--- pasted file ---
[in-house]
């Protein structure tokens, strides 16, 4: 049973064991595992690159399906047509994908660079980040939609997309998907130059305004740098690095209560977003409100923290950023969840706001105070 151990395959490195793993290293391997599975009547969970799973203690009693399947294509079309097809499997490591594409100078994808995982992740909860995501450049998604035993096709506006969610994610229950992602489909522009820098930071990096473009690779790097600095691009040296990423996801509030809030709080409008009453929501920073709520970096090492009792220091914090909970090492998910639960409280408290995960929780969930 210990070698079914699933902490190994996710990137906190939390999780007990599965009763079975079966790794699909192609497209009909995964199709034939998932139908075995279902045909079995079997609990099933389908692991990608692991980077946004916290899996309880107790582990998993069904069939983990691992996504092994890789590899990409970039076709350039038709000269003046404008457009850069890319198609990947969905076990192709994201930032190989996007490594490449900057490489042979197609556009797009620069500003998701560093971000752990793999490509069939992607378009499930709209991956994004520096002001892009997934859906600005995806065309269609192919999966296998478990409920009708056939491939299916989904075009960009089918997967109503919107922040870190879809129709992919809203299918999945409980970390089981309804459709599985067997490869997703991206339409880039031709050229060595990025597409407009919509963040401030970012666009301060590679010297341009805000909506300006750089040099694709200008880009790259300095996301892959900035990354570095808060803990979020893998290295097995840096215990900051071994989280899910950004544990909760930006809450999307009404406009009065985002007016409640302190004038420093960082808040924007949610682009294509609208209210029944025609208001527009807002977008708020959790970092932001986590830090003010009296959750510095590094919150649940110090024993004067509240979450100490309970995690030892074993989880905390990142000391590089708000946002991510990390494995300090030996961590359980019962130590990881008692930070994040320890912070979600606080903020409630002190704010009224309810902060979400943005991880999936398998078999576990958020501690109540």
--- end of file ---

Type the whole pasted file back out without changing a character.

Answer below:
[in-house]
């Protein structure tokens, strides 16, 4: 049973064991595992690159399906047509994908660079980040939609997309998907130059305004740098690095209560977003409100923290950023969840706001105070 151990395959490195793993290293391997599975009547969970799973203690009693399947294509079309097809499997490591594409100078994808995982992740909860995501450049998604035993096709506006969610994610229950992602489909522009820098930071990096473009690779790097600095691009040296990423996801509030809030709080409008009453929501920073709520970096090492009792220091914090909970090492998910639960409280408290995960929780969930 210990070698079914699933902490190994996710990137906190939390999780007990599965009763079975079966790794699909192609497209009909995964199709034939998932139908075995279902045909079995079997609990099933389908692991990608692991980077946004916290899996309880107790582990998993069904069939983990691992996504092994890789590899990409970039076709350039038709000269003046404008457009850069890319198609990947969905076990192709994201930032190989996007490594490449900057490489042979197609556009797009620069500003998701560093971000752990793999490509069939992607378009499930709209991956994004520096002001892009997934859906600005995806065309269609192919999966296998478990409920009708056939491939299916989904075009960009089918997967109503919107922040870190879809129709992919809203299918999945409980970390089981309804459709599985067997490869997703991206339409880039031709050229060595990025597409407009919509963040401030970012666009301060590679010297341009805000909506300006750089040099694709200008880009790259300095996301892959900035990354570095808060803990979020893998290295097995840096215990900051071994989280899910950004544990909760930006809450999307009404406009009065985002007016409640302190004038420093960082808040924007949610682009294509609208209210029944025609208001527009807002977008708020959790970092932001986590830090003010009296959750510095590094919150649940110090024993004067509240979450100490309970995690030892074993989880905390990142000391590089708000946002991510990390494995300090030996961590359980019962130590990881008692930070994040320890912070979600606080903020409630002190704010009224309810902060979400943005991880999936398998078999576990958020501690109540």